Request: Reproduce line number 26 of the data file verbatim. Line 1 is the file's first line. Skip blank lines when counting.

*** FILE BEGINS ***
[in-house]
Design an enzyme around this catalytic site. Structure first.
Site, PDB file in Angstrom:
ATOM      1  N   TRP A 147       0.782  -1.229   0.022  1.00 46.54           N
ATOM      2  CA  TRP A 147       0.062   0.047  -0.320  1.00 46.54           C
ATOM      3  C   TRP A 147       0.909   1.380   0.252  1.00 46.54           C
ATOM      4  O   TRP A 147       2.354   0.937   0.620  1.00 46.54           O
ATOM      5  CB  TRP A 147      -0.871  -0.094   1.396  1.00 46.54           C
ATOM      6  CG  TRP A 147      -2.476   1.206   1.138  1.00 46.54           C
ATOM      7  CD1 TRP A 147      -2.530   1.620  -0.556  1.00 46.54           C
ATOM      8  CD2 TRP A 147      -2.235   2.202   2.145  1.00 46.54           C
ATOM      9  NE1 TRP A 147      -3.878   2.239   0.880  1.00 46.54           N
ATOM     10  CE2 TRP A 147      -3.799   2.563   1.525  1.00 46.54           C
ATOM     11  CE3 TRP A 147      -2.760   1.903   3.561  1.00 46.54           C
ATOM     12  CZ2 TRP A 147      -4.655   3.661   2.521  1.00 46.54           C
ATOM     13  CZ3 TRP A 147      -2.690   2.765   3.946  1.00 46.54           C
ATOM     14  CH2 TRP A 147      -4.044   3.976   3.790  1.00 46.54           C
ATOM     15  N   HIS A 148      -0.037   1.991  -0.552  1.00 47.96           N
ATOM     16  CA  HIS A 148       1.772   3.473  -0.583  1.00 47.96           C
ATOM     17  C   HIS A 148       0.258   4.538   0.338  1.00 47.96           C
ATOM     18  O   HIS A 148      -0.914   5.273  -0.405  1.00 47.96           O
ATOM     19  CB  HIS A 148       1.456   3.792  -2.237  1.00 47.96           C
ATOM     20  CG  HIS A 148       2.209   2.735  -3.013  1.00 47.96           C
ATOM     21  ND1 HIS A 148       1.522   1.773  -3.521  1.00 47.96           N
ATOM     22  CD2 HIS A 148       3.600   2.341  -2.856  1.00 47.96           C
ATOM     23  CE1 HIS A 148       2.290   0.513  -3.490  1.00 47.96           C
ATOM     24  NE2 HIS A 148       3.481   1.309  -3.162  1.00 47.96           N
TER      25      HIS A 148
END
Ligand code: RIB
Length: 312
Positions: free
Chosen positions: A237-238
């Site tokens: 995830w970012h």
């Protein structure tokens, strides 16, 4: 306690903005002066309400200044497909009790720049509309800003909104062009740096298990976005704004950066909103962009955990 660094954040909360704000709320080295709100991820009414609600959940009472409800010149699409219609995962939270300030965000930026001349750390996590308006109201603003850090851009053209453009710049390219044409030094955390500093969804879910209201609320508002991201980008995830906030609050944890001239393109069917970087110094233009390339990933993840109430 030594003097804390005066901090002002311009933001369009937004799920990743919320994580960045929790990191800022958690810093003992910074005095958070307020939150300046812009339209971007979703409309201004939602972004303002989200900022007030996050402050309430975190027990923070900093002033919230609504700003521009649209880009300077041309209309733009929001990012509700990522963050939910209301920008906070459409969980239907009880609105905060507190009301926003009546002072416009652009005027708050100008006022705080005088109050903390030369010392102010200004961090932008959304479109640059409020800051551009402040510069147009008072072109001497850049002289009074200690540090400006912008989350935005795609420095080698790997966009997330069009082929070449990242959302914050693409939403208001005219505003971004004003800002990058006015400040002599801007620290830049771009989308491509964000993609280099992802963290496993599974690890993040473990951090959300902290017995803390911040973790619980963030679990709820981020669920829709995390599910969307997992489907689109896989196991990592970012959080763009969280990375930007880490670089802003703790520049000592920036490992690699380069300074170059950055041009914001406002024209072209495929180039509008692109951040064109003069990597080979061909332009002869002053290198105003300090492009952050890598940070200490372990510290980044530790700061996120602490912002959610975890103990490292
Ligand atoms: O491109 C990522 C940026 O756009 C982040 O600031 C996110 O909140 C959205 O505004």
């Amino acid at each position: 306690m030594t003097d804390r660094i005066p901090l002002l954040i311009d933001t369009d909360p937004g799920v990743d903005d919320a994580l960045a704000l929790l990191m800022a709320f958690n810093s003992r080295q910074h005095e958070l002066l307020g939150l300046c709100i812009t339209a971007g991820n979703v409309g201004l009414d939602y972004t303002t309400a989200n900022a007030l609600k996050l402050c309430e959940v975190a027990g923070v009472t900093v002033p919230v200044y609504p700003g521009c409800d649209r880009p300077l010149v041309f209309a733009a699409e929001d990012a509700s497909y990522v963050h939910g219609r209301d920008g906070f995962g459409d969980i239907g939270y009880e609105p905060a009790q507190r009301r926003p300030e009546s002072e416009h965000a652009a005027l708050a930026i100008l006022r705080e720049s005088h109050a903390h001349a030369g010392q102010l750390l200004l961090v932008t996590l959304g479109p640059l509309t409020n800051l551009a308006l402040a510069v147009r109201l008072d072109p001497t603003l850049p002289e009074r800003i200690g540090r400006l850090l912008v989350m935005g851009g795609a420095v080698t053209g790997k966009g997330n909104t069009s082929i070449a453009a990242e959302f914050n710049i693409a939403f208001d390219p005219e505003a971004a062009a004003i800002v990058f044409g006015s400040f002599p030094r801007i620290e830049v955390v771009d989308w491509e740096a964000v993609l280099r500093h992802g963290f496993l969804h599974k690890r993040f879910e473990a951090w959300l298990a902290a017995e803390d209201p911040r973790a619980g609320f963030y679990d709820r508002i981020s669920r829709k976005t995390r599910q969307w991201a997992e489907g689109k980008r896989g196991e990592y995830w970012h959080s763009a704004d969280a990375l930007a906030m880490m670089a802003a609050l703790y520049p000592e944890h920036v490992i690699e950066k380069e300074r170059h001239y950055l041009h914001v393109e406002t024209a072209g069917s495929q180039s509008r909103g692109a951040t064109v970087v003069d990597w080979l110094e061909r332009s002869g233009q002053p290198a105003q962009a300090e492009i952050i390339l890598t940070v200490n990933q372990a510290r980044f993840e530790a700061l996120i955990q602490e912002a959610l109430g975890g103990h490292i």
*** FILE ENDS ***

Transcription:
ATOM     23  CE1 HIS A 148       2.290   0.513  -3.490  1.00 47.96           C